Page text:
After seeing Josh and Jesse successfully through, I drove a few miles into the town of Twin Lakes (such as it is), where the run course would pass through a week later (the bike and run courses share similar trails, but parallel each other for long stretches, and the major climbs are quite different).  As it turns out, I parked the car in basically the exact spot where my crew would set up their Hypoxico tent one week later and undertook a reconnaissance run/hike of Hope Pass, the biggest climb in the race.  This section starts at about mile 39 at Twin Lakes and traverses a flat field for about a mile, crossing the Roaring Fork River at the low point of the course (9200') and then embarking a a 4-mile climb to the top of Hope Pass (12,600').  The race drops down the far side of the climb and continues about five miles to the turnaround point at Winfield, but I scouted only the initial climb on the north slope.  With my collapsable trekking poles I actually found the climb to be fairly reasonable, and was able to maintain about an 18:00 pace despite not pushing very hard on the way up.  The descent started off a bit technical, but after I got back below the treeline I found it to be very runnable and enjoyed it thoroughly.  In all I round-tripped the 10+ miles in a bit under three hours and felt really good about it; a huge confidence boost for the following week.

That confidence mostly vanished the following day when, with Brian's encouragement, I decided to jump into the Leadville 10K, which would give me a taste of the first and last 5K of the full course.  The first three miles were a barely interrupted downhill on mostly wide dirt roads; I struggled to keep my breathing under control and hung on to the back of the top 10, hitting the turnaround in about 20 minutes flat.  The return was pure, lung-searing torture;  I staggered home with a second half of 24:30 for a 16th-place finish in 44:55--somehow under my goal of 45:00, but severely shaken at how hard the uphill had been.  I was cheered a bit by the realization that Brian's time in 2013 had been only a few seconds faster, when he had gone on to run 22 hours for the 100; if I could pull that off, I'd be pretty pleased.

The girls! (I like trains.)
I did very minimal running the rest of the week.  Jodi, the girls, and my parents arrived late Tuesday night, along with Brian's girlfriend Kali.  We spent Wednesday morning on a very low-key whitewater rafting trip on the Arkansas River, and the afternoon on a scenic ride on the historic Leadville, Colorado, and Southern Railroad (which I enjoyed immensely).  Brian and his sister Katie arrived Thursday afternoon, just in time for Brian to place second in the Leadville Beer Mile (while dressed as a squirrel) in a very impressive high-altitude 8:25.  Friday was very low-key; I spent most of the morning hanging out with Brian and Dylan at the Hypoxico tent, and spent the afternoon readying gear and putting the crew plan together with Brian, Kali, Katie, and Kevin, who joined us that evening after some business meetings in Denver.  At this point we had ten people crammed into our very cozy rental, trying to grab a few hours of sleep before the 4am start.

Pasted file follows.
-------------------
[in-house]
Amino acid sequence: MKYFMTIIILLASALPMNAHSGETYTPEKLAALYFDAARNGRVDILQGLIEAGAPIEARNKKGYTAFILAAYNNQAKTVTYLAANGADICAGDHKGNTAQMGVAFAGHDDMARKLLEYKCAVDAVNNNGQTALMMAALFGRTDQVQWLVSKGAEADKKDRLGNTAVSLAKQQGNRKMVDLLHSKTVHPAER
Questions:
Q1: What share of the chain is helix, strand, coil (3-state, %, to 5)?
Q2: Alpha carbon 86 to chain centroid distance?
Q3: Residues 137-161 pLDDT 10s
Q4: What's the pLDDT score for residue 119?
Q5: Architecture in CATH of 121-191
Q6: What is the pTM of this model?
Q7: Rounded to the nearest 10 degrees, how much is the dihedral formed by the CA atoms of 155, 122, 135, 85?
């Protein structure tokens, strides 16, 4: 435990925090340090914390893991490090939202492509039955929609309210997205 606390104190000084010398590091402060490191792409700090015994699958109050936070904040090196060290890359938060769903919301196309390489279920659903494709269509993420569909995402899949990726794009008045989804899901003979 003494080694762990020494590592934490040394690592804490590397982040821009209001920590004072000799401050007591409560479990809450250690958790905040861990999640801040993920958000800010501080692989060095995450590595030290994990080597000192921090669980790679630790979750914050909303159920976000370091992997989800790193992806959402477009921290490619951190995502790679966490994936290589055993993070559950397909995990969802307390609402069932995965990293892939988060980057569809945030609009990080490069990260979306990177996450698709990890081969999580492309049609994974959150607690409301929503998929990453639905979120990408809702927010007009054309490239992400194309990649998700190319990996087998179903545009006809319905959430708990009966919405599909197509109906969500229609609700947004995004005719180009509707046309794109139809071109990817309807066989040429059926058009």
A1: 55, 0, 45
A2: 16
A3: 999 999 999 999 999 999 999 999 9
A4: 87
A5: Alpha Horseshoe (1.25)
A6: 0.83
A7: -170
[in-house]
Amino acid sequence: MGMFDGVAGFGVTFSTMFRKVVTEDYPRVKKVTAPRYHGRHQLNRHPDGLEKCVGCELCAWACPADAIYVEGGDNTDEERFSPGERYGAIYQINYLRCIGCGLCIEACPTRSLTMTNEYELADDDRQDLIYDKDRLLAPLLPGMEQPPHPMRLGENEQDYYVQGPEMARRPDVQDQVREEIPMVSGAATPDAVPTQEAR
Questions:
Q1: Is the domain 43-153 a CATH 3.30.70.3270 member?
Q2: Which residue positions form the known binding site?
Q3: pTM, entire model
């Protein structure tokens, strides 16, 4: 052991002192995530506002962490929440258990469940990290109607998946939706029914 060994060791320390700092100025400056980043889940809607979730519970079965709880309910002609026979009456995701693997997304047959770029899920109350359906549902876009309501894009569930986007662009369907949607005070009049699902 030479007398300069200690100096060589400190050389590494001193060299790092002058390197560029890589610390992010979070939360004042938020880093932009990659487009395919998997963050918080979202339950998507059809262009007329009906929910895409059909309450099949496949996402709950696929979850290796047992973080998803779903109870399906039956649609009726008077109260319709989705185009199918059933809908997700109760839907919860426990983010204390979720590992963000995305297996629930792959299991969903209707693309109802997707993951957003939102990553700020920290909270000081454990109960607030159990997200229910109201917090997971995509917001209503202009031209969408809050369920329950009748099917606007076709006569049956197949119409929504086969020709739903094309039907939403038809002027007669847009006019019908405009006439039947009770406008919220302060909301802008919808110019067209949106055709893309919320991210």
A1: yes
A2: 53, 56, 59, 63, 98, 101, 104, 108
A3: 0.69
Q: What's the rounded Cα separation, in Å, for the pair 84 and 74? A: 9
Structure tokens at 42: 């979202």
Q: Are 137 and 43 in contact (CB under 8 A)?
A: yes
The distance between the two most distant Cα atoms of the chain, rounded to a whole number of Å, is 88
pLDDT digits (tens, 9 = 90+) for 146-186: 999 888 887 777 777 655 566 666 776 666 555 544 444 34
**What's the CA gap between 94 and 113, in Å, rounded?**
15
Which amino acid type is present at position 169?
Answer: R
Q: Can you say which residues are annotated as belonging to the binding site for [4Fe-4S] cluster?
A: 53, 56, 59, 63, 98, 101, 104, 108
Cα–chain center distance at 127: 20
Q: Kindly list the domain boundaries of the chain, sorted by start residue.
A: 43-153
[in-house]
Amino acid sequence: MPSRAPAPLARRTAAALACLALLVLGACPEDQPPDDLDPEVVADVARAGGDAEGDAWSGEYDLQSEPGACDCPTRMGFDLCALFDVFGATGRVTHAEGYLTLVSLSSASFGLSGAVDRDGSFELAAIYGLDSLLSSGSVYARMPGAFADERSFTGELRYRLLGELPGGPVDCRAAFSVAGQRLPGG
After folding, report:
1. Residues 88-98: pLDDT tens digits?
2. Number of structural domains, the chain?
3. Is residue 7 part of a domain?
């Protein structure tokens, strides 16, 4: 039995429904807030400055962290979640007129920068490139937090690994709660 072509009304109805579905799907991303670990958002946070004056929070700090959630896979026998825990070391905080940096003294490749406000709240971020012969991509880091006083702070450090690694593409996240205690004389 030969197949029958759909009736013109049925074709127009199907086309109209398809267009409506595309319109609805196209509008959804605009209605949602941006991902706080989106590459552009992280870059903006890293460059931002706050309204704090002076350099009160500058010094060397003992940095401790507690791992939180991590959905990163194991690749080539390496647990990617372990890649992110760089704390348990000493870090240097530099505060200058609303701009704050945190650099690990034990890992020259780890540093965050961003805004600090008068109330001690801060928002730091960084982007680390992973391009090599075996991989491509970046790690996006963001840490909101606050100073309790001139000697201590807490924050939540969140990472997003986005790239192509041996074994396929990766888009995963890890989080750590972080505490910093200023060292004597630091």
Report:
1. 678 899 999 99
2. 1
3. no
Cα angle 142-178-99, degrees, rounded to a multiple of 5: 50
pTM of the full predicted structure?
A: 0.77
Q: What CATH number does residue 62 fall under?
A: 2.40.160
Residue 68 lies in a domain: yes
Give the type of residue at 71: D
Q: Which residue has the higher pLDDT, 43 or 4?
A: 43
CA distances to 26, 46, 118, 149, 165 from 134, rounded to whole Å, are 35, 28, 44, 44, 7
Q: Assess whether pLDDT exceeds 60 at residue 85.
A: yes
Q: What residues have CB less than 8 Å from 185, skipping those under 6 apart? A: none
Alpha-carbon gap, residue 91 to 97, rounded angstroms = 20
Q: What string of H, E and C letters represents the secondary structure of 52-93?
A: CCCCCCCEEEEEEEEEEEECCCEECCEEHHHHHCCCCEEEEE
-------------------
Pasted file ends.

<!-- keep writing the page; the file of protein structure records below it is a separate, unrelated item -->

At race check-in, with LT100 founder Ken Chlouber

I actually slept fairly well and felt good as we walked the 3/4 mile from our house to the starting line; I was a little nervous but mostly excited and chomping at the bit to get started.  I had a stated goal of 20 hours, but in reality this was mostly a pipe dream, and I knew even with a great day and great weather this was unlikely.  I mostly wanted to just make sure not to do anything stupid and be able to run strong over the latter stages of the race.  I knew the opening miles would be fast and I'd have to keep myself under control.  I was hoping to reach Outward Bound (23.5 miles, the first time I'd see my crew) in about 4 hours, to reach Twin Lakes (39-ish miles) in under 7 hours, at to reach Winfield in under 10 hours.  A 20-hour day would actually take about a 9:30 split into Winfield, which I thought was possible given how well I had climbed Hope Pass the week before, but more than chasing a specific split, I was determined not to burn myself out too early.  The benefits of a controlled start are pretty obvious, and any successful ultra I've had has always come as a result of starting out slower than I think I should, but the best of intentions are often waylaid in the heat of a race, especially a long one where the opening miles feel much easier than expected.  Only a few days before, though, I'd read a nice article from David Roche about starting races slowly.  It wasn't anything earth-shattering (though it was well-written and spot-on, as all of Dave's articles are), but it had come along at exactly the right time for me to be reminded about the benefits of a nice, easy start, and as we headed down those fast pre-dawn miles, I kept my pace well in check.

It was dark, but there were so many runners around me that I didn't even need to turn on my headlamp.  We reached the bottom of the initial drop and traversed a nice flat 1.5 miles or so of pavement before we reached the rolling singletrack that circled the north and west shores of Turquoise Lake.  I tucked myself in the middle of a single-file line of seven or eight runners, running a very relaxed pace, but after awhile I got tired of hearing one of them talk loudly about himself to anyone who would listen  and took off, settling onto the back of a pack of much quieter runners as we reached May Queen, the first aid station at 12.5 miles, in about 2:05.  It was still nice and cool, and I was feeling very comfortable with a full bottle and several gels in my OM Single Barrel Hydraquiver, so I ran straight through the aid station and the thick, accompanying crowds and headed towards the first major climb of the day.

Arriving at Outward Bound, 24 miles in.
photo: Joe Azze